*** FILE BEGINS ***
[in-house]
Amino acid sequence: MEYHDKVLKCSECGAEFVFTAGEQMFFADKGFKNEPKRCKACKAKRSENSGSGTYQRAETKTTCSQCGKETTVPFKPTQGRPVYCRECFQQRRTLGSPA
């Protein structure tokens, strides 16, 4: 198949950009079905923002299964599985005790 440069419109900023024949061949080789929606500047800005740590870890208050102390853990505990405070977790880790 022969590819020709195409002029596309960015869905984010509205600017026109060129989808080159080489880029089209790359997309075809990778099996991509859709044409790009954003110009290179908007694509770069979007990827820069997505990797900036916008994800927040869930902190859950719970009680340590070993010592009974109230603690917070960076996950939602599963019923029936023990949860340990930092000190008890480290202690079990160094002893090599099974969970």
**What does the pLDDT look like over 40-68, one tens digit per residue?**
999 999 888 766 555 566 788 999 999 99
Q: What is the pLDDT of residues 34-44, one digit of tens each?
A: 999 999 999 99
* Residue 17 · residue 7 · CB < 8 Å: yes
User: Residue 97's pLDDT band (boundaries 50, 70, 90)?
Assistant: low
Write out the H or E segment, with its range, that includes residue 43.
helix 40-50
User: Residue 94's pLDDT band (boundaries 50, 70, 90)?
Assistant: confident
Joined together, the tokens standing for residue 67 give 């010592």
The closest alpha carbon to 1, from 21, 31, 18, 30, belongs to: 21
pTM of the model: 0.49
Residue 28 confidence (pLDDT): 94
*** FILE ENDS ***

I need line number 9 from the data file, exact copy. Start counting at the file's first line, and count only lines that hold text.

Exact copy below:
User: Residue 97's pLDDT band (boundaries 50, 70, 90)?